Christine is an incredible practitioner, who has a desire to strive for excellence in all that she does. Her motivation is contagious and she is constantly inspiring our teaching team and our community with her work. Her passion for high quality education is also sort after by other professionals across the educational sectors, both nationally and internationally. Christine has now finished her research for her Dr. Vince Ham eFellowship, however her journey to develop a deeper understanding and knowledge around building oral language through storytelling in an early childhood context continues daily.

“Desire is the key to motivation, but it's determination and commitment to an unrelenting pursuit of your goal - a commitment to excellence - that will enable you to attain the success you seek.”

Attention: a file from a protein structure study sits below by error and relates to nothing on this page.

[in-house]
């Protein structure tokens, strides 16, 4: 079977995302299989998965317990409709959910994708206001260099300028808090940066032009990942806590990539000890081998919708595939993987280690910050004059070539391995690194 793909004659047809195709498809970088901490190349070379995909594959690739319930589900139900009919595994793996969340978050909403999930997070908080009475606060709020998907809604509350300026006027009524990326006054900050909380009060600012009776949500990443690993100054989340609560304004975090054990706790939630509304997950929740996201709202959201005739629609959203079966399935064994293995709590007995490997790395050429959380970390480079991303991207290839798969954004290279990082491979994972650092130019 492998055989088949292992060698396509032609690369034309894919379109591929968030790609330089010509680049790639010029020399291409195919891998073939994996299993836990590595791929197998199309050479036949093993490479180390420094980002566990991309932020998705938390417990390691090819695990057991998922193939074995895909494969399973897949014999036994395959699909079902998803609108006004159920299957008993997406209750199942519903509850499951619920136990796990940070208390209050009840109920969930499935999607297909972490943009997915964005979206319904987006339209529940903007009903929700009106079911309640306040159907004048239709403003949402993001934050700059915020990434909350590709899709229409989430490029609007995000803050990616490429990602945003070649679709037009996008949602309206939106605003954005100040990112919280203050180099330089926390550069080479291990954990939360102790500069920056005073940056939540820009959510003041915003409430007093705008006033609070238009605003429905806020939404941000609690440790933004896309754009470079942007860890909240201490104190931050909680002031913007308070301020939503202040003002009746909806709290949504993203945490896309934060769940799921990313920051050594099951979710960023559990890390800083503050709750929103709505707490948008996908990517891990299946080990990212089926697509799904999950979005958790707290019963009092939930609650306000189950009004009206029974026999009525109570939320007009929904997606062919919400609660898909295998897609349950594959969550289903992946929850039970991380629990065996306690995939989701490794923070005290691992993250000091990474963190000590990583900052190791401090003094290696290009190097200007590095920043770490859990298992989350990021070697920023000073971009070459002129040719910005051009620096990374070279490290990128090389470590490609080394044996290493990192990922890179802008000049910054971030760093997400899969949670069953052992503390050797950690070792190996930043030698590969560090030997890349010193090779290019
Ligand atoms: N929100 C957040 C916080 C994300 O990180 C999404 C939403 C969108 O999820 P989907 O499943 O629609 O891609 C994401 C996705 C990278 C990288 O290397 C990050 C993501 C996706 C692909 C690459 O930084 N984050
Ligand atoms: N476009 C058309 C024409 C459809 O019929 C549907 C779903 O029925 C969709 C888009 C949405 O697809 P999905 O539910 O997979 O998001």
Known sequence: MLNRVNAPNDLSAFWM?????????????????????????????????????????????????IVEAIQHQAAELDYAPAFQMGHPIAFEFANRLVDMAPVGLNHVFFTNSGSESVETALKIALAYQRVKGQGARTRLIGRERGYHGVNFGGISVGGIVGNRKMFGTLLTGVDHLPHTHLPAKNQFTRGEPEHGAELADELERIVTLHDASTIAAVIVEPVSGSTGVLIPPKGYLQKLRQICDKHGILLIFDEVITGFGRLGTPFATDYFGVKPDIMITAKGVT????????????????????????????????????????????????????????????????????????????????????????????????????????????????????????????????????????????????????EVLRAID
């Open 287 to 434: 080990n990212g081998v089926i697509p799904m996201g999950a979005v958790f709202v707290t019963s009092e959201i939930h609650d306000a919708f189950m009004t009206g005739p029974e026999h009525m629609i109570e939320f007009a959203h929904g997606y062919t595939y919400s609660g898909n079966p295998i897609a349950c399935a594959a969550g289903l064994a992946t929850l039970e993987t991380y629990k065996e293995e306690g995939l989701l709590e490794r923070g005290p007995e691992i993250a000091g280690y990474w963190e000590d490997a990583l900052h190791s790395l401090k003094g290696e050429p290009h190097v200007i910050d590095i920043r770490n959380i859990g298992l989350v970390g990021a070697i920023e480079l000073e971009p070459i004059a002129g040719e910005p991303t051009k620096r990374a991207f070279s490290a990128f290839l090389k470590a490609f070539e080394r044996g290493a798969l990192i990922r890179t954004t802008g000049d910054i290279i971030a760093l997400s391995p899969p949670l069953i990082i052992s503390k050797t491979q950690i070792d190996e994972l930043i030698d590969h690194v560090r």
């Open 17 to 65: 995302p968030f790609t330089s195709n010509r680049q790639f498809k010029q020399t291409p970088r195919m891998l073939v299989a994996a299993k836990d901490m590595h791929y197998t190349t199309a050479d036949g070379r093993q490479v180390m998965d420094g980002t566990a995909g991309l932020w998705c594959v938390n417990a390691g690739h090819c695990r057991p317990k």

-Mario Andretti-

I feel immensely proud of Christine and feel thankful that I get to work alongside her at Mairtown Kindergarten. I know that the Northland Kindergarten Association also value the work that she achieves as well.
Below is a link to an interview that Christine had to discuss her research http://edtalks.org/#/video/christine-alford
 Please take time to watch, enjoy and appreciate. Click here for a link to her published findings from her research.

I feel that the quote below sums up Christine, as excellence in all she does is a given.

“Excellence is an art won by training and habituation. We do not act rightly because we have virtue or excellence, but we rather have those because we have acted rightly. We are what we repeatedly do. Excellence, then, is not an act but a habit.” 


Thank you Christine for being such an inspiration and role model for me, as well as many other individuals out there.
Kindest regards